Cuttings (short and sweet):
Spoils (long reads and deep dives):
Please add your own cuttings and spoils in the comments!
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In just three weeks, the American Elasmobranch Society and the American Society of Ichthyologists and Herpetologists will hold their annual meeting. This year, it will take place in Vancouver, British Columbia as part of the World Herpetology Congress. I’ll be presenting, and I’m looking forward to seeing many of our readers there. Those of you who will be attending this conference, as well as anyone with an interest in sharks and other marine fishes, may be interested in these great new marine science books!
1. Groupers of the world: a field and market guide (by Matthew Craig, Yvonne Sadovy de Mitcheson, and Phillip Heemstra). Grouper are some of the most economically important fish in the ocean, and it’s important that scientists, managers, and eco-conscious consumers have access to the latest scientific and conservation information about these fish. As fisheries landings have increased greatly in recent years (the 300,000 tons landed in 2008 are 10 times the landings from the 1950’s), many species are rapidly declining in population. Recent research showed that 12% of known grouper species are Threatened (Vulnerable, Endangered, or Critically Endangered according to IUCN Red List standards) and another 13% are Near Threatened. Mating behaviors like spawning aggregations and the tendency to change sex further complicates management.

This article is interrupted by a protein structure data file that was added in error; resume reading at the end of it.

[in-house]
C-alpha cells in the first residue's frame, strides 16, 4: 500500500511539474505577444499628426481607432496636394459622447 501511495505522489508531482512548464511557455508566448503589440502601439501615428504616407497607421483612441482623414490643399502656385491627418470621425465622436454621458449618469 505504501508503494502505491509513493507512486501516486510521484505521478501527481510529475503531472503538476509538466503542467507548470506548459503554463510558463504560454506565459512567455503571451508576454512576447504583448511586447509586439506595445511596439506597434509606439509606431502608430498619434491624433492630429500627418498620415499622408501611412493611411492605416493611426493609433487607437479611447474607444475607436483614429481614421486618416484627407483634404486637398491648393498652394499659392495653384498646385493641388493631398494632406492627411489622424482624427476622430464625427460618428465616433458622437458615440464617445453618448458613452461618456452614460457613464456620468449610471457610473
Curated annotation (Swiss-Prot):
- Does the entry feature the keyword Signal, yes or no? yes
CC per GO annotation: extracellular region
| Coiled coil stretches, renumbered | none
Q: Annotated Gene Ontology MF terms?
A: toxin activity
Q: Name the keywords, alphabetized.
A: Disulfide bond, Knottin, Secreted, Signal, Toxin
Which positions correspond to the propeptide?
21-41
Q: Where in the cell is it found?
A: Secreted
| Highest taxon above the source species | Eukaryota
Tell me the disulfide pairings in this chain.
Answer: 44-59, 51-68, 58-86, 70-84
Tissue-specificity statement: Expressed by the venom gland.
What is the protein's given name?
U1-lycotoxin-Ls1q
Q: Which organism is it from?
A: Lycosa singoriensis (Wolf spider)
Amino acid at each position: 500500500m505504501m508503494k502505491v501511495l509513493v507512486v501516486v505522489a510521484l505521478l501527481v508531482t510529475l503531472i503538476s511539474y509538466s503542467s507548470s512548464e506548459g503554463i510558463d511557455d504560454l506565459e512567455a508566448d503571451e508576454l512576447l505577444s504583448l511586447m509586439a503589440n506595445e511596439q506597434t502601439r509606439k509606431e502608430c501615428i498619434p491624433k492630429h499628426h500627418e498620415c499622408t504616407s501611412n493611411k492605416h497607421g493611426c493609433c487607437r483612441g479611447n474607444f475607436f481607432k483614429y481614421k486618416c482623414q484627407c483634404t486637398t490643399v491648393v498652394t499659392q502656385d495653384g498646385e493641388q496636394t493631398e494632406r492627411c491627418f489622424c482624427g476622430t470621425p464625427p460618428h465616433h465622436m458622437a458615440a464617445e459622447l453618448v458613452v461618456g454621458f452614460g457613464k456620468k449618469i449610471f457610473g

In addition to introducing readers to the field and summarizing the latest scientific discoveries, this book serves as a detailed reference guide to the 163 known species of grouper. The authors demonstrate how to identify each species using more than 300 beautiful color photographs and line drawings, and detailed maps show where each can be found. The population status (including major threats and some proposed solutions), IUCN Red List conservation status, life history information and known feeding behavior is also reviewed for each species. $79.95, CRC Press.
We caught up with 11 marine scientists (including one honorary marine scientist, paleoblogger Brian Switek) at this year’s Ocean Sciences meeting in Salt Lake City and asked them the following question – What is your favorite marine organism and why? Their responses ranged from the classic (dolphins and sharks) to the bizarre (deep-sea shrimp and snails) to the exceptionally broad (Eukaryotes, Holly? Could you narrow it down just a little?).
Check out what they had to say:
Watch our previous Ocean Question and let us know what your favorite marine organisms are in the comments below.
There are currently more than 7,500 offshore oil platforms actively probing the earth’s crust for black gold. Their relatively minimal appearance at the surface belies the shear magnitude of human construction beneath the waves. Oil platforms are among the world’s tallest man-made structures. Compliant tower platforms reach up to 900 meters in depth (in contrast, the tallest building is 828 meters). these rigs are not permanent structures. As the wells run dry and sea water corrodes steel jackets, the wells are capped and rigs decommissioned. At least 6500 offshore platforms are slated for decommission by 2025, which begs the question, what do we do with inactive oil platforms?